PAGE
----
And they say security awareness training is working?

Having been involved in the security awareness debate quite a lot recently I have no desire to bang this drum even further, especially as on the whole I support the concept of security awareness training. However I am constantly having my faith in the training rocked just from observing people’s day to day activities.

I found myself in one of the lounges in Delhi airport at around midnight last night. in a period of less than thirty minutes I found two laptops and an iPad logged in and unattended in plain view. Now, I really do understand that people may consider these kind of environments as ‘safe’ and will therefore let their guard down. What I fear however is that they have blatantly disregarded their security awareness training and policies that will no doubt explicitly state that it is unacceptable to leave mobile devices unattended and unsecured in any environment, possibly including the workplace. Without wishing to become an amateur sociologist I would imagine these are educated, intelligent people because

  1. They are able to afford expensive looking laptops or have been issued an expensive looking laptop
  2. Are flying business class (or similar) and are therefore likely to be working for a company that can afford to pay for this level of comfort (a decreasing number on my experience)

If they are so intelligent and educated, why are they ignoring their training? Why are they putting their company and client data at risk in such a blatant way? It is my belief that the training provided has not effectively put across the reasons and incentives for securing mobile devices in the outside world.


Now you see it...

Now you see it…

Can you see it?

Can you see it?

The third offending item was another laptop, but as I was furtively aligning myself to take a picture the owner returned from the toilet It was left in very similar circumstances in a high traffic area.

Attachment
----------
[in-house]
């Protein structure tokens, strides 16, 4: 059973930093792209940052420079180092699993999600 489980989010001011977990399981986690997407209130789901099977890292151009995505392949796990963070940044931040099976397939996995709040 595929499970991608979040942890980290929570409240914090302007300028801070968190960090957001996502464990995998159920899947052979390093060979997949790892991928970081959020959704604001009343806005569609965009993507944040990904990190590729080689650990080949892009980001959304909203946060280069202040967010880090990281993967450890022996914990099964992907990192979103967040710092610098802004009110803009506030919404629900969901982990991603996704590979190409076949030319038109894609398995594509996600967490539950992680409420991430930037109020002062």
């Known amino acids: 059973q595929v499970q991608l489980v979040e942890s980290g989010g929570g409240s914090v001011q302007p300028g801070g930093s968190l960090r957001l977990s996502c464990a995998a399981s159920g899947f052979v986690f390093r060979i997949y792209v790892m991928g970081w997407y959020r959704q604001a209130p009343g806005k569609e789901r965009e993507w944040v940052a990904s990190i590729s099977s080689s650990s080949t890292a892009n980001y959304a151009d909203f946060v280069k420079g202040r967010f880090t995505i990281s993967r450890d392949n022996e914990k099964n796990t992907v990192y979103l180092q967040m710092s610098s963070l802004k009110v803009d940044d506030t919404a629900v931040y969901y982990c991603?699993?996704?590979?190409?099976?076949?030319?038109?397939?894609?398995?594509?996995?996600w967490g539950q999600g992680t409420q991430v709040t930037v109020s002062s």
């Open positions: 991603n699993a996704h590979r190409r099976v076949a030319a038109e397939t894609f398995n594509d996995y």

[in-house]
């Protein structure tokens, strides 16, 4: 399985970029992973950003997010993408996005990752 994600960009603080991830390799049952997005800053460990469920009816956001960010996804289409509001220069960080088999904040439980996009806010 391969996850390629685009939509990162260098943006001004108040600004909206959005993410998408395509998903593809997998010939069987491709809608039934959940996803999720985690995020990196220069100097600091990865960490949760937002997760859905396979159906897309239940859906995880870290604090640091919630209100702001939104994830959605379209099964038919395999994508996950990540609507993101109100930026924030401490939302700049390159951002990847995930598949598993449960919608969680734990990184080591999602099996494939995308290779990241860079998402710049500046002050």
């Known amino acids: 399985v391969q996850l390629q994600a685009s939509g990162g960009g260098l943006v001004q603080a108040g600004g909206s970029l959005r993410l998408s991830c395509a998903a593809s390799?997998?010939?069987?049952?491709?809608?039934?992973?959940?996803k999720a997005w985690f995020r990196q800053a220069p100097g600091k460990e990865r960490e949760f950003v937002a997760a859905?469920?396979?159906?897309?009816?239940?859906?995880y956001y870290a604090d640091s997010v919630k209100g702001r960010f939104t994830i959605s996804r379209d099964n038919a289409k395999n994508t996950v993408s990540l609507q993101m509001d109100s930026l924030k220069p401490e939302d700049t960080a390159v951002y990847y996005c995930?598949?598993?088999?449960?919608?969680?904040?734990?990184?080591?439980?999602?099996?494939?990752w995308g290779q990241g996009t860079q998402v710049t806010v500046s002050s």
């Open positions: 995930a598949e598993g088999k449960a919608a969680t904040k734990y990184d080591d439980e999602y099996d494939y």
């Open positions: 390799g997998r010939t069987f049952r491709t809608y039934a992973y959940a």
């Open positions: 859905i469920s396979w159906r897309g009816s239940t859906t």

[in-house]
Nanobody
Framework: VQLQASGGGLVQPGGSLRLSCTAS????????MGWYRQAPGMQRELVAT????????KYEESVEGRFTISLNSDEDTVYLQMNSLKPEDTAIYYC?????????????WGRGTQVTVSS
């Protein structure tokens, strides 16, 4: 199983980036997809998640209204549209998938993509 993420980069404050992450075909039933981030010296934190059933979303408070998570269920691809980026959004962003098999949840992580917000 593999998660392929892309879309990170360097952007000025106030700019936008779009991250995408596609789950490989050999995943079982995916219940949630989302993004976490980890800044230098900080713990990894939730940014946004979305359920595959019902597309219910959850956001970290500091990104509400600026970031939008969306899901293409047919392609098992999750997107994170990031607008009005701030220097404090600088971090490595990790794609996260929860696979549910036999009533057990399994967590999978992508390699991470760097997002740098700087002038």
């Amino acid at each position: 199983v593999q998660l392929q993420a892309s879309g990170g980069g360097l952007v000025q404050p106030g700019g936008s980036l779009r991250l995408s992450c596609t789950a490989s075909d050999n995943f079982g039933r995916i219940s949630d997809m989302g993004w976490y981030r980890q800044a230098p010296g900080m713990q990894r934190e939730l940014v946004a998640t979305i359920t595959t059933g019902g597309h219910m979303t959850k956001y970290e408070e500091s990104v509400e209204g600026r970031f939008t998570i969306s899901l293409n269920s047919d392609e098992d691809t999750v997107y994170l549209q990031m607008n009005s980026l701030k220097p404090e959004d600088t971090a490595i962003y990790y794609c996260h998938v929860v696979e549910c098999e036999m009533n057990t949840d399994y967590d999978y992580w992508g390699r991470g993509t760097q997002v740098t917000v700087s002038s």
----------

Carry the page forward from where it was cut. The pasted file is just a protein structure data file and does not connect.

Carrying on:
Given the number of laptops I have seen left in Starbucks and other cafes (and indeed have blogged about elsewhere here) I am seriously considering starting a gallery to showcase these examples and perhaps start using them as a litmus test of the effectiveness of any company’s security awareness programme. Until these cases become exceedingly rare, to my mind the existing programmes are simply not working as they were intended, and until they do, behaviour such as this which smacks of convenience and possibly a little laziness will continue to put data at risk.

3 thoughts on “And they say security awareness training is working?

  1. swati

    As we say in security world “People are the weakest link in security”. Security is not considered as culture rather it is thought as an extra responsibility that they need to bear so until unless Security does not become the part of the organisation culture it will taken care by only few people who really understand their responsibilities.


  2. This, being the field I work in, is what scares me. Go to a meeting, any meeting, with any types of members, and put a flash drive on the table. Leave it there with just a text file stored on it with a means to contact you. Someone, may or may not, may end up sending you a communication, usually in jest with a lot of LOL LOL’s. I find nothing funny about it but this little test works nine times out of ten…Good post but it makes me so very annoyed because it is true.


    • I couldn’t agree more, I see this played out in coffee shops and other public places with alarming regularity. Is it worth putting together a rogue’s gallery of abandoned laptops if only to provide evidence of it constantly happening despite what best practise says?
      Thanks for commenting too!


Leave a Reply

Fill in your details below or click an icon to log in: Logo

You are commenting using your account. Log Out /  Change )

Twitter picture

You are commenting using your Twitter account. Log Out /  Change )

Facebook photo

You are commenting using your Facebook account. Log Out /  Change )

Connecting to %s

This site uses Akismet to reduce spam. Learn how your comment data is processed.